Note: Water is generally more reliable and accessible on the John’s Meadow Trail than on the Forsee Creek Trail. Trail Fork Springs and Jackstraw Springs are seasonal water sources that may not have water. Check with the Mill Creek Ranger Station for the current conditions and more info.

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San Gorgonio Mountain Snow Follow Up

Hiker working up the Sky High Trail on San Gorgonio Mountain in Southern California
Hiker on the Sky High Trail

One of the things I’d been curious to see when running the Kodiak 50K in mid-August was how the summit snow band on San Gorgonio Mountain was holding up. The answer turned out to be fairly well. Now, a few weeks later, I was back on Gorgonio, chugging up the South Fork Trail, and on my way to see if any snow remained on the mountain.

Runoff from thunderstorms during the week had left the trail rocky and rutted. From the views of the mountain I’d glimpsed from the trail, I wondered if the rain had also washed away any remaining patches of snow.

Snow band near the summit of San Gorgonio Mountain. September 7, 2019.
Snow band near the summit of San Gorgonio Mountain on September 7, 2019.

In addition to that question, I also want to follow up on my earlier “field checks” this Summer and see how much water there was in Dry Lake, and if any snow remained in the avalanche debris above Dry Lake.

I was about a quarter-mile from the Dry Lake – Dollar Lake junction at South Fork Meadows, making decent time, when I heard footsteps behind me. I stepped to the side so he could pass, and we talked as we worked up the trail. Kevin said he’d been climbing in the Sierra just about every weekend and was really well-acclimated.

I asked him what route he was doing to the summit, and he said the Dry Lake route. I told him I was doing the Dollar Lake Trail route up and the Dry Lake route down. He was clearly moving faster than me and said he was shooting for a time of 4:20 to the summit. I mentioned the Dollar Lake route was shorter and faster, and depending on the number of stops for photos, I expected to get to the summit in around 3:45. We talked about some Sierra peaks and being in the mountains, and after a couple of minutes, he began to pull away.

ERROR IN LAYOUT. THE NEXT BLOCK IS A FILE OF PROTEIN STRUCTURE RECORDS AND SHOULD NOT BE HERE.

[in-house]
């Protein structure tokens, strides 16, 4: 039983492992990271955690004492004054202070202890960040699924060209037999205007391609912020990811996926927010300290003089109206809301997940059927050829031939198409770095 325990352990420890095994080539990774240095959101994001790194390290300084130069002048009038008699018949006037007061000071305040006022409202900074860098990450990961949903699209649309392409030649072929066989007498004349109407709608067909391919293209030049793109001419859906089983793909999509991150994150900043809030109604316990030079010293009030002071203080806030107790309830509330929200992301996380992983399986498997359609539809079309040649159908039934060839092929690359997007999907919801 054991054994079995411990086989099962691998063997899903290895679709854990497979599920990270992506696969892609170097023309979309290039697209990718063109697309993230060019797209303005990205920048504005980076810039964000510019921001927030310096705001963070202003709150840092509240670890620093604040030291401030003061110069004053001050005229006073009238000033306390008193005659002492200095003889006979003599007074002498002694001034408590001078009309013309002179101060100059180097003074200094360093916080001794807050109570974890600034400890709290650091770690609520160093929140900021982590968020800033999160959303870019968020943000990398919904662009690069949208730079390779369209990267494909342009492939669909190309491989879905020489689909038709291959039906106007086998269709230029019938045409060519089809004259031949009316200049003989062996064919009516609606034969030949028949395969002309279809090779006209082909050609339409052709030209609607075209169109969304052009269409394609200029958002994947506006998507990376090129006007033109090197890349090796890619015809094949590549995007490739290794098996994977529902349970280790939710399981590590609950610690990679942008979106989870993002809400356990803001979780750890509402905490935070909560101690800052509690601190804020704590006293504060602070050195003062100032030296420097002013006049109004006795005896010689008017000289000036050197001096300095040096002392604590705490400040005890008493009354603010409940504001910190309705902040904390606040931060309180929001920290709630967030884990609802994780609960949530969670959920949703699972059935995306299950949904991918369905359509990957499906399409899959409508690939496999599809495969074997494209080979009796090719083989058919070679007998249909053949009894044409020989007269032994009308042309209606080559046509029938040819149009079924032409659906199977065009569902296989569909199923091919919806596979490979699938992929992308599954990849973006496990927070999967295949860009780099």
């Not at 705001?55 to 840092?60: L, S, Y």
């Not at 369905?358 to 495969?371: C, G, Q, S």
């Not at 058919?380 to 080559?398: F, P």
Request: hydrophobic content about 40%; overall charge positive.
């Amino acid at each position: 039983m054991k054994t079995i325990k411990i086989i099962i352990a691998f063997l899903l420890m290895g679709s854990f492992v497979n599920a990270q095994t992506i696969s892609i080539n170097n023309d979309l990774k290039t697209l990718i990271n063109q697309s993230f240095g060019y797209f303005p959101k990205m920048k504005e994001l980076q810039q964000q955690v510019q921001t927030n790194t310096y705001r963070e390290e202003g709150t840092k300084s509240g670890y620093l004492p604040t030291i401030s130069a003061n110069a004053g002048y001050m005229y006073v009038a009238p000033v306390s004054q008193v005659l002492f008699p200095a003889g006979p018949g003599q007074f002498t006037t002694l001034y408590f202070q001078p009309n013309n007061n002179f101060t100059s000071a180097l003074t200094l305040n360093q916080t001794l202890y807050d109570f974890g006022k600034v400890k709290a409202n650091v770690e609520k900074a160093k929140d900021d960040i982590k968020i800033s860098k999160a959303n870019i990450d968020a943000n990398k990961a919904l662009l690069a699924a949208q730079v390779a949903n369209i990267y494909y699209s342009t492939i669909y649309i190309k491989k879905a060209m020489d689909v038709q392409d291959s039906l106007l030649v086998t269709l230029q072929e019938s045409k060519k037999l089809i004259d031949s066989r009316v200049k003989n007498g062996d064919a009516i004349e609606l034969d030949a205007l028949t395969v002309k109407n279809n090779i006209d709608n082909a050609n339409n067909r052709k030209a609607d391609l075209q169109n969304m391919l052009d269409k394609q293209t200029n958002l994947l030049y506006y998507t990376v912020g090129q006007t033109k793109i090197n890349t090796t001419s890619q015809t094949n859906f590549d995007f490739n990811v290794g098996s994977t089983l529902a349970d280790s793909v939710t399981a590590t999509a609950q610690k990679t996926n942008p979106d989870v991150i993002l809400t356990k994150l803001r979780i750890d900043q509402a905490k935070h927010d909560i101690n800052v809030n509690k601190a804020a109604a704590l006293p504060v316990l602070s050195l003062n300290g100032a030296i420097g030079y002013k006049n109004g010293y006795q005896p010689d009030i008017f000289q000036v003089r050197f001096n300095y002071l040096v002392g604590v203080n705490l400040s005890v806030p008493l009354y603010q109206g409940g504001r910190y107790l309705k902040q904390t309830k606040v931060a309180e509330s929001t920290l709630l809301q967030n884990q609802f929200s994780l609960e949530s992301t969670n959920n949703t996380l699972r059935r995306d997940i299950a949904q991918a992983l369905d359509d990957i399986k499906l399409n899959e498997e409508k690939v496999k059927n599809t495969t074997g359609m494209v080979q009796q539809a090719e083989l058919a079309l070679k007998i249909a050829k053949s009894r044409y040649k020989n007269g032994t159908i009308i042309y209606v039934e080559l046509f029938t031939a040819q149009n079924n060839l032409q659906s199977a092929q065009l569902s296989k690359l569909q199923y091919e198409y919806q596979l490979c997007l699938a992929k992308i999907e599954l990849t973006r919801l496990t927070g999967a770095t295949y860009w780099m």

Trail runner at Dry Lake on San Gorgonio Mountain
Dry Lake on September 7, 2019.

The early morning temperature had been a little more chilly than my earlier trips up Gorgonio this Summer. I debated pulling on my sleeves, but by the time I was in the sun on the Dollar Lake Trail, the temperature had warmed to a comfortable 50-something — perfect for ascending the peak.

The summit of San Gorgonio was a very busy place when I arrived. I’d estimate 40-50 people were on or around the summit. Most were part of one huge group that had come up Vivian Creek.

The good news was part of the summit snow band had not melted. Wow! It was September 7, and there was still snow in Southern California!

Copernicus Sentinel satellite imagery of snow on San Gorgonio Mountain on August 27, 2019.

Kevin caught up to me on the descent of the Sky High Trail. We’d both made the summit within a couple of minutes of our projections, leaving little doubt that the Dollar Lake Trail is the fastest route to the summit from the South Fork Trailhead.

I didn’t see any snow remaining in the avalanche debris above Dry Lake. The lake itself was in great shape, and the streams at South Fork Meadows were flowing nearly as vigorously as they had been a month ago.

I’ve added a couple of photos from this trip to the San Gorgonio Mountain Snow, Avalanches and Glaciers slideshow.

Update October 21, 2019. Copernicus Sentinel satellite imagery from October 21, 2019 still showed a few very small patches of snow on San Gorgonio Mountain. One of the patches is at a surprisingly low elevation of about 10,360′.

Update September 18, 2019. Copernicus Sentinel satellite imagery from September 18, 2019 still showed a few small patches of snow on San Gorgonio Mountain.

Related post: San Gorgonio Mountain Snow, Avalanches and Glaciers

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San Gorgonio Mountain Snow, Avalanches and Glaciers

Snow on the Sky High Trail on San Gorgonio Mountain on July 27, 2019.
Snow on the Sky High Trail on San Gorgonio on July 27. San Jacinto Peak is in the distance.

The weather was Southern California perfect. Shorts and short-sleeves were the dress of the day. Winds were light, no thunderstorms were in the forecast and no large wildfires polluted the air. Although temps in the valleys were nearing 100 degrees, the weather on the summit of 11,499′ San Gorgonio Mountain was altitude-conditioned bliss.

I’d spent about 15 minutes enjoying the summit, then run back down the Summit Trail. Turning left onto the Sky High Trail, I continued a keyhole loop that had ascended the South Fork Trail, Dollar Lake, and San Bernardino Divide Trails. Altogether, the route was about 21 miles long and the approximate elevation gain/loss was 4700′.

San Gabriel beardtongue (Penstemon labrosus) along the South Fork Trail.
Penstemon along the South Fork Trail.